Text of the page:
It is no secret that when an incident of hazing surfaces at Texas A&M, students are quick to point fingers. Under the pretense of staying in line with their values and mission, one group on campus has recently been recognized for a history of “testing” their subordinates. Indeed, it is a little known fact that professors are responsible for the vast majority of hazing incidents on campus.
Fortunately, armed with Student Rule 24.4.5, Texas A&M University will issue swift justice to prevent this organization from committing further harm. The charges range from assigning a malicious burden of work, to using a point system that can demerit the students in the course.
Students across campus have come forward with reports like those of chemistry Professor Albert Johnson, charged with conduct unbecoming, physical abuse, hazing, and creating activities so time consuming that his students missed scheduled classes to complete it. One brave student filed charges after Johnson refused to take late work from students, and later assigned work that was not listed on the syllabus.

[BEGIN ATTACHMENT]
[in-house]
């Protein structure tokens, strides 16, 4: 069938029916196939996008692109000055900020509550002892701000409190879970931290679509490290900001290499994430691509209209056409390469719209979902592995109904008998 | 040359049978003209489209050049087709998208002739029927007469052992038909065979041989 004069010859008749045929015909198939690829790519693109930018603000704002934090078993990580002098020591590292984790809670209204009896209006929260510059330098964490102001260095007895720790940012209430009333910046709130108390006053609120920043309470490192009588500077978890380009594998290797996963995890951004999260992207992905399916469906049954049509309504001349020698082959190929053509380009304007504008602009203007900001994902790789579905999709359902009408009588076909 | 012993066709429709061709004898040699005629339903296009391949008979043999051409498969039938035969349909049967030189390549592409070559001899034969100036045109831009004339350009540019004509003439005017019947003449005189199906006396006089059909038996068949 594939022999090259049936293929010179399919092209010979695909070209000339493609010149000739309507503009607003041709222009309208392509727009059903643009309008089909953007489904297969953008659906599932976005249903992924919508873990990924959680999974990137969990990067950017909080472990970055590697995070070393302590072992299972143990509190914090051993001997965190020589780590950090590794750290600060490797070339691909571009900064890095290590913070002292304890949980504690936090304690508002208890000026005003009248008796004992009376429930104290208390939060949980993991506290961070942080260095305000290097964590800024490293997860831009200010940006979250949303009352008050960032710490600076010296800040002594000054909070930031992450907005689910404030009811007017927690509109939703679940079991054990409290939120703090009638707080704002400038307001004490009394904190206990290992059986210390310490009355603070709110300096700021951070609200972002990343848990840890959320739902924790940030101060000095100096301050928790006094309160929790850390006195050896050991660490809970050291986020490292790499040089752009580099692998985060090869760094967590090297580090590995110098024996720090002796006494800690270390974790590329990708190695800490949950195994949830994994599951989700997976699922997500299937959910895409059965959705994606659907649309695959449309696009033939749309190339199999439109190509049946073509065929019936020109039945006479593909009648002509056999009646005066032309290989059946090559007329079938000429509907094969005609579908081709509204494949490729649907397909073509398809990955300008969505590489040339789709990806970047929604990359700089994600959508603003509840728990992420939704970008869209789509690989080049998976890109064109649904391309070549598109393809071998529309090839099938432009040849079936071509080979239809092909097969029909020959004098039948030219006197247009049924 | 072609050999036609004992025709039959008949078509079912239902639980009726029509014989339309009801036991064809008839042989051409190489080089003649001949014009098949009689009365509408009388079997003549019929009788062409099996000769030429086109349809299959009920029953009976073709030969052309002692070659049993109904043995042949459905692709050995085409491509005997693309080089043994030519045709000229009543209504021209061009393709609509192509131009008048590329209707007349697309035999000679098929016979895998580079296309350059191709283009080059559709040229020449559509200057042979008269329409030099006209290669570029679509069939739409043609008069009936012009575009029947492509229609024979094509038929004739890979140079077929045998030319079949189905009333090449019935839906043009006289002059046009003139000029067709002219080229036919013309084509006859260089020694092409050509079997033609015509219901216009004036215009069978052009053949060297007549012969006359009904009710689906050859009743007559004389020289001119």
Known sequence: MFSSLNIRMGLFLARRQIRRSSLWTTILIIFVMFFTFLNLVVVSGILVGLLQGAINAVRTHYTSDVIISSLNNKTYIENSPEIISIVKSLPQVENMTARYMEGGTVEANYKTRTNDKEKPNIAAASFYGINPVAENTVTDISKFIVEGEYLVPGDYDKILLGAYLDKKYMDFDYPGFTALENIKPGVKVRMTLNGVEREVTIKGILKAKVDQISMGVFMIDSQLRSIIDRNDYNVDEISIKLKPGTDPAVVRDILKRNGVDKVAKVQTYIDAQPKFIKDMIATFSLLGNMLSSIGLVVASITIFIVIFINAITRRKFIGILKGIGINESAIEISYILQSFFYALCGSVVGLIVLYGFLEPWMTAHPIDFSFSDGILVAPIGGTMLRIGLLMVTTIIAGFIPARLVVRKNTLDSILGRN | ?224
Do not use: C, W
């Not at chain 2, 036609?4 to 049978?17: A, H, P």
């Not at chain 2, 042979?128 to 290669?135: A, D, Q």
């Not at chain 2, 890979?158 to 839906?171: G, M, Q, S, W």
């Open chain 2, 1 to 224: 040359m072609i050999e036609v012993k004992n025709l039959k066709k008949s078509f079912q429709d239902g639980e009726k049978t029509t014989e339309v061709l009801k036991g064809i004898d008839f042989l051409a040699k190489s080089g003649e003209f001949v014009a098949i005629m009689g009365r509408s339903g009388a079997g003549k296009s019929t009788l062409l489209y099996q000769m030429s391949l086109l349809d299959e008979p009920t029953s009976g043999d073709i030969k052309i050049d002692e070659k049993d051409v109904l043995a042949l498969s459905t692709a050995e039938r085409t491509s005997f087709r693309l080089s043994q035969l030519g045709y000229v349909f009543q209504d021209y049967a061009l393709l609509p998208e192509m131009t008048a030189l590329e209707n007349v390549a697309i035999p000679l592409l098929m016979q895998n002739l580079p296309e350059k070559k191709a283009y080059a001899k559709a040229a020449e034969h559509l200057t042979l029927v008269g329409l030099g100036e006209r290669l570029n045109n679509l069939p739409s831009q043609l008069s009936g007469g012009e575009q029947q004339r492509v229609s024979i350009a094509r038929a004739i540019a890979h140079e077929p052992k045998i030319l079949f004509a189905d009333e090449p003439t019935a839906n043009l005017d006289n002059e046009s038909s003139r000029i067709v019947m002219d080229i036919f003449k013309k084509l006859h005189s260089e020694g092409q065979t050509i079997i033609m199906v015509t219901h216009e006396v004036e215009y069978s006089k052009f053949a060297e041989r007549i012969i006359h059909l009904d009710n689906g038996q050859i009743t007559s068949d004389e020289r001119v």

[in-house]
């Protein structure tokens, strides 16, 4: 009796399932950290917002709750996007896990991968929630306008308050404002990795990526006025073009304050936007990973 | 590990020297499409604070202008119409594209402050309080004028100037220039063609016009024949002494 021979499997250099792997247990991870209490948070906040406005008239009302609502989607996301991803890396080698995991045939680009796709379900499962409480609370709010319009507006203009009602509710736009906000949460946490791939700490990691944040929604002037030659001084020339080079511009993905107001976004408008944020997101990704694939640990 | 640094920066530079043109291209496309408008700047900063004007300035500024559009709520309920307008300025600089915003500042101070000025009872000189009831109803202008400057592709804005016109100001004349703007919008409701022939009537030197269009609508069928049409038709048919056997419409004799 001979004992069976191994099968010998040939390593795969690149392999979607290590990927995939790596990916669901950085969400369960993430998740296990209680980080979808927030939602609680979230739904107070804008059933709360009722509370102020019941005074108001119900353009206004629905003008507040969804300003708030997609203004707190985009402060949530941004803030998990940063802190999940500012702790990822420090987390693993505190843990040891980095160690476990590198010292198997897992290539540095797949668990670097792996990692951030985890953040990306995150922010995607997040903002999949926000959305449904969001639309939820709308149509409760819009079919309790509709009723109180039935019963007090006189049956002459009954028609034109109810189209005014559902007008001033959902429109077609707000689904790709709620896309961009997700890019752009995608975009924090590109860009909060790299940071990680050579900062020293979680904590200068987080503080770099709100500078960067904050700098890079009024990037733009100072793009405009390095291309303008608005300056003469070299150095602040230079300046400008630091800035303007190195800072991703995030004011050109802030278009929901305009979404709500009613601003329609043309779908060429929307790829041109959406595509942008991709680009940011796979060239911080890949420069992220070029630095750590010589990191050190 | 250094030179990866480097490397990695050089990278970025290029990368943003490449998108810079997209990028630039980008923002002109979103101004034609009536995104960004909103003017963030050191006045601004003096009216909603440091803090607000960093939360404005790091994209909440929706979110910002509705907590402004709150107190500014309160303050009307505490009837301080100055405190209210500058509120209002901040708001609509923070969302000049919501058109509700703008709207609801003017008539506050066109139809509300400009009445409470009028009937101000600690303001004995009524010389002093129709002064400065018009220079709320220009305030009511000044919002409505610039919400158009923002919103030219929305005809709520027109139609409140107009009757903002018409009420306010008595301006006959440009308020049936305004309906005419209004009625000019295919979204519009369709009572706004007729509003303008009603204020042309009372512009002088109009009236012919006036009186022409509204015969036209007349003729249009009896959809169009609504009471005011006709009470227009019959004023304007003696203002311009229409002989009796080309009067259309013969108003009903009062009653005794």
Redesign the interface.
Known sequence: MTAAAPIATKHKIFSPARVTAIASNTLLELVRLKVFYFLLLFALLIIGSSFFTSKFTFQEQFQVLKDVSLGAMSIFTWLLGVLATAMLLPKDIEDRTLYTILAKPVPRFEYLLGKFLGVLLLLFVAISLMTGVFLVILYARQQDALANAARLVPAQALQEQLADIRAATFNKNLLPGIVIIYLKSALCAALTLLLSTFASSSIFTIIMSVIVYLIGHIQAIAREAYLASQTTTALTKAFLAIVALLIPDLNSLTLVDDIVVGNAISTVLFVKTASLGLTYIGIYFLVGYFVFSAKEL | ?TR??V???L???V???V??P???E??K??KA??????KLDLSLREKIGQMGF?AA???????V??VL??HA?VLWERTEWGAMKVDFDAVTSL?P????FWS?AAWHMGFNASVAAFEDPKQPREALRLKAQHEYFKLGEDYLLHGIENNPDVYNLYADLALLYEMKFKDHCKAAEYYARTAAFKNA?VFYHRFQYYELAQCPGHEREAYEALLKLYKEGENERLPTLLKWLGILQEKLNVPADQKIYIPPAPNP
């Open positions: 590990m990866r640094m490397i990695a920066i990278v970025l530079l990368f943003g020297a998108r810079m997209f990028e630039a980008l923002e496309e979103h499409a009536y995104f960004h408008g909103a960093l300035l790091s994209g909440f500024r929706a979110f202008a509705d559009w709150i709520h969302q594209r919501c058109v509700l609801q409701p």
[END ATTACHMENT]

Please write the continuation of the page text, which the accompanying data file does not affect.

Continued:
“The assignment was impossible to do the night before. I had to skip my classes that morning to complete it,” read the report.
On West Campus, allegations of depriving students of sufficient sleep, causing psychological harm and substantial emotional strain, have surfaced within the College of Biomedical Science. One professor even corrected a student who gave a wrong answer to a question in class.
“It caused me to be embarrassed by my actions. I honestly do not even know if I’ll be able to go back to that class again,” said the unnamed victim who came forward. “To be corrected like that in front of everyone…it was such a powerful microaggression.”
Despite these horrors, the worst reports so far have been those filed against professors in the College of Engineering. Charges brought forward include students reporting that their professors have caused them to drink excessive amounts of alcohol, deprived them of a normal level of bodily cleanliness, and inhibited their ability to develop simple social skills with others due to excessive course loads.
As more charges are brought to the surface, only time will tell just how many things can be classified as hazing.
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